APE MACHINE, MOS GENERATOR, DIESTO
(Tonic Lounge, 3100 NE Sandy) Portland's Ape Machine chose the right band name. Their music is primal, but they take their Sabbathian riffs into a brave new world. The band has tightened their stoner grooves on their latest full-length, Mangled by the Machine, making the melodies as lethal as the riffs (which are on full display from start to finish). Ape Machine will make you forget that blues and boogie and mustaches ever went out of style only to eventually come back in style. Pop it into the eight-track player, peel the sun roof off the ol' Firebird, and let the good times roll. MARK LORE


PORTLAND JAZZ FESTIVAL: TOSHIKO AKIYOSHI, LEW TABACKIN
(Dolores Winningstad Theatre, 1111 SW Broadway) What makes Toshiko Akiyoshi unusual isn't her 14 Grammy nominations, the documentary made about her, or her background of numerous immigrations. She's one of very few women of her generation to lead a jazz band and compose, let alone with such technique and finesse. Jazz historically planted roots in African musical traditions, but Akiyoshi early on began to implement the chord progressions of her Japanese heritage, integrating those with influences like Duke Ellington, Charles Mingus, and Bud Powell. Having once self-described her music as putting more emphasis on the quality of notes rather than quantity, Akiyoshi combines unique piano hooks with improvisation so crisp and intricate, it could have fallen out of the lining of Miles Davis' right pocket. ROSE FINN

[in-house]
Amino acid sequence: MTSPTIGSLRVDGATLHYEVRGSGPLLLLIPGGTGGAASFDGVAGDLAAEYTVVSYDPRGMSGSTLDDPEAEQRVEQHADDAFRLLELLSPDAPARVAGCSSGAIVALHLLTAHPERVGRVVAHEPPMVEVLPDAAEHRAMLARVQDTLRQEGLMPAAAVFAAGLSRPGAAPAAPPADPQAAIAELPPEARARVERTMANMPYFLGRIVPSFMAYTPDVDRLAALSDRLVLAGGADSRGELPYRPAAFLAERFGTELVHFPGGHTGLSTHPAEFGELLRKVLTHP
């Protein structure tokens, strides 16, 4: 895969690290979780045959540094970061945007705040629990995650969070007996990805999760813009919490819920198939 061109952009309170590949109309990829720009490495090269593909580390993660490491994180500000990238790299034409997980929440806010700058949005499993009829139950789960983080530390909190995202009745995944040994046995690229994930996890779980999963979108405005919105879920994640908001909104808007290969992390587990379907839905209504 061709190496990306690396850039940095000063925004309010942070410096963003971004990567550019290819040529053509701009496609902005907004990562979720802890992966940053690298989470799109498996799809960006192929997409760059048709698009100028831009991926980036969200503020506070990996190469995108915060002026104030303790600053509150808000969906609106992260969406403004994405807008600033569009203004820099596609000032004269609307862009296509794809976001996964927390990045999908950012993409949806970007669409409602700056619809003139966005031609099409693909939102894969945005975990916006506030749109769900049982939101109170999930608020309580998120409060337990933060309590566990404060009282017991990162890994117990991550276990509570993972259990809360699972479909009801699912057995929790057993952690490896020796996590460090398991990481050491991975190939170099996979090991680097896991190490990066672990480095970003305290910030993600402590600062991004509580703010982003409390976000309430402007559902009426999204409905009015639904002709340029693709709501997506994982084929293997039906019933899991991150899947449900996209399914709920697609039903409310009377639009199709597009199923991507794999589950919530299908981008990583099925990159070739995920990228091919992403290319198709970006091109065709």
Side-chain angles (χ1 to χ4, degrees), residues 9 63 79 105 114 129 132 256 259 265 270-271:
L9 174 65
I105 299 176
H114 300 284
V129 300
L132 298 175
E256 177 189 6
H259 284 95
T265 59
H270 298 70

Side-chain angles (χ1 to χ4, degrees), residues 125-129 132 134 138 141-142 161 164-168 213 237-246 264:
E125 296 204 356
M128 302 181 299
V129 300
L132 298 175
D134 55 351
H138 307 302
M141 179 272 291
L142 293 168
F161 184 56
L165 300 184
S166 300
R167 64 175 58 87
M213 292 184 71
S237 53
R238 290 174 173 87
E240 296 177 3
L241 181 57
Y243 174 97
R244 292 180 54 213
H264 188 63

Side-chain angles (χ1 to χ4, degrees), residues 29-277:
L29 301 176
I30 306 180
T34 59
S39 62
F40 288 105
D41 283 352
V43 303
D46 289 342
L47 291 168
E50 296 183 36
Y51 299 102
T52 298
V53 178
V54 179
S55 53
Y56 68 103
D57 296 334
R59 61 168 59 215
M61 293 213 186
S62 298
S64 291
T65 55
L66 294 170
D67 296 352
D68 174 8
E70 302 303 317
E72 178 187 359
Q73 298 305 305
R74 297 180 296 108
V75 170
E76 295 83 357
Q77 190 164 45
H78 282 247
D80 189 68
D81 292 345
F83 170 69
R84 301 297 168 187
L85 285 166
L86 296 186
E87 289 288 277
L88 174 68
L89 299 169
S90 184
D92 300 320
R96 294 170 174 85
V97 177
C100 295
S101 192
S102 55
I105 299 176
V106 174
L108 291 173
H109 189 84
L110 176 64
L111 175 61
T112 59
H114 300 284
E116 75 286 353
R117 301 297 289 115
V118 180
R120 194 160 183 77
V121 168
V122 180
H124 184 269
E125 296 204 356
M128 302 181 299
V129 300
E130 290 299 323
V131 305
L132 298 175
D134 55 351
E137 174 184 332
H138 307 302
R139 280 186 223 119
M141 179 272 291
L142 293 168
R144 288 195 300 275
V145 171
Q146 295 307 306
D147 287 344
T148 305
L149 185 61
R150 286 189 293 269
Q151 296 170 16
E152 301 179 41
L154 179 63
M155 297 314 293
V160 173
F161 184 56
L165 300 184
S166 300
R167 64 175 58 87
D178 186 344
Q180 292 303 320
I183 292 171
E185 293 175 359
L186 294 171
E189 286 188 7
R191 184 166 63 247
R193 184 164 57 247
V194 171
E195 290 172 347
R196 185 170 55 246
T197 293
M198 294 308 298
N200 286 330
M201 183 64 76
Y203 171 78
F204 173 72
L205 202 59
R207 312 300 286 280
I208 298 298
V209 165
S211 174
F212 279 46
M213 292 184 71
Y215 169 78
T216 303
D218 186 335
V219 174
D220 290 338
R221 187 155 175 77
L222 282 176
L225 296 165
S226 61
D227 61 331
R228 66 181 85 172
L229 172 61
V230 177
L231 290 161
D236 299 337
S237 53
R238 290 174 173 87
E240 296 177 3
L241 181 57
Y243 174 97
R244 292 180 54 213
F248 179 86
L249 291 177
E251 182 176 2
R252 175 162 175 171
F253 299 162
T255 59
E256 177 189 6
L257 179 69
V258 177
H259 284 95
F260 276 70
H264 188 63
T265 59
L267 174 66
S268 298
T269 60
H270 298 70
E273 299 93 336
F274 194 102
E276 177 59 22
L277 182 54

PUBLIC SERVICE BROADCASTING, KIEV
(Doug Fir, 830 E Burnside) Public Service Broadcasting's method of writing songs around samples from public domain educational films and documentaries isn't the most original of ideas. New York's the Books spent the better part of 12 years mining similar material for inspiration. But that doesn't mean PSB is any less delightful. What serves the London duo and their debut album, Inform - Educate - Entertain, best is the steady drumming of multi-instrumentalist Wrigglesworth and the cheeky, borderline cornball melodies cooked up by the band's leader J. Willgoose, Esq. Their first show in Portland should prove to be a geeky feast for both the eyes and the ears. ROBERT HAM


RINGO DEATHSTARR, PURPLE DAYDREAM MACHINE, TENDER AGE
(Ash Street Saloon, 225 SW Ash) If there were a prize for the most ridiculous name in noise-pop, Austin's Ringo Deathstarr would certainly share top honors with the just-as-absurdly-named Cardiff group Joanna Gruesome. But when you look to the vast sea of acts that are pounding pedals and blasting out amps in an attempt to channel shoegaze pioneers like My Bloody Valentine, choosing a name that's sure to elicit a quick double-take suddenly doesn't seem all that crazy. Since forming in 2005, Ringo Deathstarr have been writing songs that ably justify the attention they might receive for their name. Fresh off tour with the Smashing Pumpkins, the band hits 2014 running on the stormy mini-LP Gods Dream. The release keeps an appealing fuzz-pop sensibility firmly intact as the trio breaches the realms of shoegaze revival with some of their heaviest material to date. CHIPP TERWILLIGER